Analysis of Spring Operated Pressure Relief Valve Proof Test Data: Findings and Implications

  • Type:
    Conference Presentation
  • Conference Type:
    AIChE Spring Meeting and Global Congress on Process Safety
  • Presentation Date:
    April 23, 2018
  • Duration:
    30 minutes
  • PDHs:
    0.50

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This paper reviews the research conducted by the authors on spring operated pressure relief valve (SOPRV) proof test data over the last 10 years and updates the findings and implications published in a previous paper a decade ago. Three specific findings are highlighted.

First, the previously statistically described but physically unexplained phenomenon known as probability of initial failure (PIF) has been irrefutably confirmed as a real physical phenomenon and specific explanations for this phenomenon have been discovered. PIF is a measure of the percentage of SOPRV which will be installed or re-installed in the stuck shut mode of failure meaning that the SOPRV provides no protection at all during the time from installation until its next proof test! Not all SOPRV are equally affected. PIF varies considerably by valve design, material composition and set pressure. Understanding how these parameters affect PIF offers potential to mitigate or at least significantly reduce the very considerable negative impacts of PIF on SOPRV safety performance.

Second, the assumed constant dangerous failure rate, λD, of an SOPRV during its useful life is, in fact, composed of two parts. The first part, λDI, is due to the dangerous failure rate inherent in the SOPRV based on design, manufacture, and assembly. The second part, λDS, is due to specific considerations of the site at which the SOPRV is installed and maintained. Research has shown that λD can be two or more times λDI. The λDS portion of the dangerous failure rate may be subject to complete or at least partial remedy which, if enacted, will reduce λD improving safety performance.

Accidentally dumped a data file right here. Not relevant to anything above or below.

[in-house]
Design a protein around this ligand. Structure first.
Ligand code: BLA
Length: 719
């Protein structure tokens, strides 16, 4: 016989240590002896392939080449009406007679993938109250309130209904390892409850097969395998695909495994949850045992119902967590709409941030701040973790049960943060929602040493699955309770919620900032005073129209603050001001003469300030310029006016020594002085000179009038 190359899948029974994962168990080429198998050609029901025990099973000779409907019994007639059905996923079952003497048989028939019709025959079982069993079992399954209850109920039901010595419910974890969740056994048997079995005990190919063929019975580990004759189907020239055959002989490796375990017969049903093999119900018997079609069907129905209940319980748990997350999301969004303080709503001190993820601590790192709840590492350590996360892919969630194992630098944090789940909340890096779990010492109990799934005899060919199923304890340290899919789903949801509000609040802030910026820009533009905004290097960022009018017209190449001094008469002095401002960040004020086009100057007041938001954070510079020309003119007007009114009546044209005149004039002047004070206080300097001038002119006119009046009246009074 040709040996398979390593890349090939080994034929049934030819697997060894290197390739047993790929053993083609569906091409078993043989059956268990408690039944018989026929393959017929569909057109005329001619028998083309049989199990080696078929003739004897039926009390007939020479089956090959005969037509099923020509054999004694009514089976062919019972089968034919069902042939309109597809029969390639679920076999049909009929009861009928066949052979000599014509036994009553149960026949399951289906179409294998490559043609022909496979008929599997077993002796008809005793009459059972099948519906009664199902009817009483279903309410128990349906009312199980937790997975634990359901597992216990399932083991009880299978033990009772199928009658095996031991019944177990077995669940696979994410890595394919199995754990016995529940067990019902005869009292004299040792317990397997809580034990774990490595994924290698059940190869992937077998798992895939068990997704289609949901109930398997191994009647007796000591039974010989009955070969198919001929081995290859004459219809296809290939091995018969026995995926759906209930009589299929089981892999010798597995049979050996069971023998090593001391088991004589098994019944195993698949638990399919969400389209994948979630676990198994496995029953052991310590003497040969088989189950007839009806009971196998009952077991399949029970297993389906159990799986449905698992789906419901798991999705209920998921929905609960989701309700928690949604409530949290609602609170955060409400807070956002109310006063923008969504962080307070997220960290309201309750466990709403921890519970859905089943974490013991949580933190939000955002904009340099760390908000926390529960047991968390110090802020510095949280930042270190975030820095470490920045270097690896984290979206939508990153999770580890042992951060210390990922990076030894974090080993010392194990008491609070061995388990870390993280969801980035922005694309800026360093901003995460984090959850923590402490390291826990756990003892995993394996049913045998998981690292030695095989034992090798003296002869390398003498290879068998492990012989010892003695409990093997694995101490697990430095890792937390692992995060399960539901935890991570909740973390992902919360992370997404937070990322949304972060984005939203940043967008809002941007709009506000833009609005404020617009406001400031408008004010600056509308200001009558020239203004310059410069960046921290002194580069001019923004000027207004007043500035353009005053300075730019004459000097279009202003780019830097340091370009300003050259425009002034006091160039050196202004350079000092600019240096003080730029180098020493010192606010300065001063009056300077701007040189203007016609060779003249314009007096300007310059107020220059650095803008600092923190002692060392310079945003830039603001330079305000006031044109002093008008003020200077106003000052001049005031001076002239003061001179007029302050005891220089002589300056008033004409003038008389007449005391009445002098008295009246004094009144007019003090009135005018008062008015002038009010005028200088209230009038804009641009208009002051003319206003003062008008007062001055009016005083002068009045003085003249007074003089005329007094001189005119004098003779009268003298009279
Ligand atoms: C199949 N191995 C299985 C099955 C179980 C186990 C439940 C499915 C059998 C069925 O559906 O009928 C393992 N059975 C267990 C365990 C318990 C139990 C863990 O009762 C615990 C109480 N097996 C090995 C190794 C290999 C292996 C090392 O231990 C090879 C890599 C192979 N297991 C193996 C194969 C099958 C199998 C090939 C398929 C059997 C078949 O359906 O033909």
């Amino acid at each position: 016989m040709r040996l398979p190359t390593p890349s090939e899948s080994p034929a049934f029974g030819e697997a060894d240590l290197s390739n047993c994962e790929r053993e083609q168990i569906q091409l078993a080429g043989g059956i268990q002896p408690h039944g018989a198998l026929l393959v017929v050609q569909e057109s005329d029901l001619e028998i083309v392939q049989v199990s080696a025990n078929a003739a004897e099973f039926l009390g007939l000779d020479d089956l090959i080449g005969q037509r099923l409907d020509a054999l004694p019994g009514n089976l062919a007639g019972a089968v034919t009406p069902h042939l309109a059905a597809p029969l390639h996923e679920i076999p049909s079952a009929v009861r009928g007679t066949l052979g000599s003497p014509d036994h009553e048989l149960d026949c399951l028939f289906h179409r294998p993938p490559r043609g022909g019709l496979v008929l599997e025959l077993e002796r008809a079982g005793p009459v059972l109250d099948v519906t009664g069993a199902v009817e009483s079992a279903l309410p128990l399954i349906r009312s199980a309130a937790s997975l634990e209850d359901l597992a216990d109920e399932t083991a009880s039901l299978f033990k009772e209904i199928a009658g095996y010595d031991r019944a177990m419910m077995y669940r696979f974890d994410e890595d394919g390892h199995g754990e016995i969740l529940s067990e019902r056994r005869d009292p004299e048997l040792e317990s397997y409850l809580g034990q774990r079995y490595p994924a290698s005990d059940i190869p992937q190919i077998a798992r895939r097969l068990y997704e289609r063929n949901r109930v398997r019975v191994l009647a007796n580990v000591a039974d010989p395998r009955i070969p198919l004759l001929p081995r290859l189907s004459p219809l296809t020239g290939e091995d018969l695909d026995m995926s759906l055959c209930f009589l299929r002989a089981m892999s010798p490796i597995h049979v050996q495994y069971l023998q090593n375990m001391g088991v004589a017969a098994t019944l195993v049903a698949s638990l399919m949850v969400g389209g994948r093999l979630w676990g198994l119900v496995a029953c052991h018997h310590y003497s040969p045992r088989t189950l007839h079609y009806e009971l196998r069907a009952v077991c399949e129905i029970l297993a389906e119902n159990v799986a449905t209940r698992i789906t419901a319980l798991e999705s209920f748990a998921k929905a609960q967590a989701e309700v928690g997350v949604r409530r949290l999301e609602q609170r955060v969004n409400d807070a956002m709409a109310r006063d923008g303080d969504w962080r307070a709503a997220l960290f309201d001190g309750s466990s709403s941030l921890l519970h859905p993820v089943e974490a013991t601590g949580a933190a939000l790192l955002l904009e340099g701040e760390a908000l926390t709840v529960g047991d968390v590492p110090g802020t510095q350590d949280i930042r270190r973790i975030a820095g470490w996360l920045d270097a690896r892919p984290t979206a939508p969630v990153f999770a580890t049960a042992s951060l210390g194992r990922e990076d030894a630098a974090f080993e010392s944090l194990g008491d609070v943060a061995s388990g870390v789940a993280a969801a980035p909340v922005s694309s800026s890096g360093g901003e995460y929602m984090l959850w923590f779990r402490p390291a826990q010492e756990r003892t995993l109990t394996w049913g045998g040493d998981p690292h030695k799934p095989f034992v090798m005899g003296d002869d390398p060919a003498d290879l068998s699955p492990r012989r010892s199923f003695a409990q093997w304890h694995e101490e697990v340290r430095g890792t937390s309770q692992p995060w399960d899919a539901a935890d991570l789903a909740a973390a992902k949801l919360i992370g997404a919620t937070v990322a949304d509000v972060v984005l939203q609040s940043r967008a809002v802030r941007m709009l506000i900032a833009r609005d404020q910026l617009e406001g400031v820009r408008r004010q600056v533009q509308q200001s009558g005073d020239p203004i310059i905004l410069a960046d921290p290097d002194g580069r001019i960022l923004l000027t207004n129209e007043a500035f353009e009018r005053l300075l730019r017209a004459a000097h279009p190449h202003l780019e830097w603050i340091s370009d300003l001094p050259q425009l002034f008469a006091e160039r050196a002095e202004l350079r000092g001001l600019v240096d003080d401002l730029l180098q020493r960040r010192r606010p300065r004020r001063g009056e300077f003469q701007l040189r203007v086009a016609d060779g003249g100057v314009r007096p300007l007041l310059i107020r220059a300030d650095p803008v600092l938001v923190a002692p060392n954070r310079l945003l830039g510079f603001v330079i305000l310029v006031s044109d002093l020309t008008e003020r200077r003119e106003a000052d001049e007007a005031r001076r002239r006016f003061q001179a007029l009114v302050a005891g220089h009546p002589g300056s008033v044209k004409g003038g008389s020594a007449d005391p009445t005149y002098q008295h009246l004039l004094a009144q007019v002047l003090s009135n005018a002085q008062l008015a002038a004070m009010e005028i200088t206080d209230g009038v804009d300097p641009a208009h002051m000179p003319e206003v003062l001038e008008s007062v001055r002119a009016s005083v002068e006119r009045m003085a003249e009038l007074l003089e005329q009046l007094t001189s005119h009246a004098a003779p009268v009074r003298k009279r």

Third, a decade ago the available proof test data did not support increasing proof test intervals beyond a period of 4 – 5 years. Unfortunately, all the data analyzed since do not support any increase in proof test intervals. However, this does not mean that increases in proof tests intervals are impossible – simply that available data do not support such increases. In this regard, the paper closes with a recommendation for a data collection project which takes advantages of the last decade of improved understanding of SOPRV safety performance to answer two specific questions. Given an operating company’s stated safety performance goals: Under what conditions, if any, can the proof test interval of a SOPRV be increased without compromising the stated safety performance goals? If conditions for an increase in proof test interval exist, what is the permissible increase without compromising stated safety goals?

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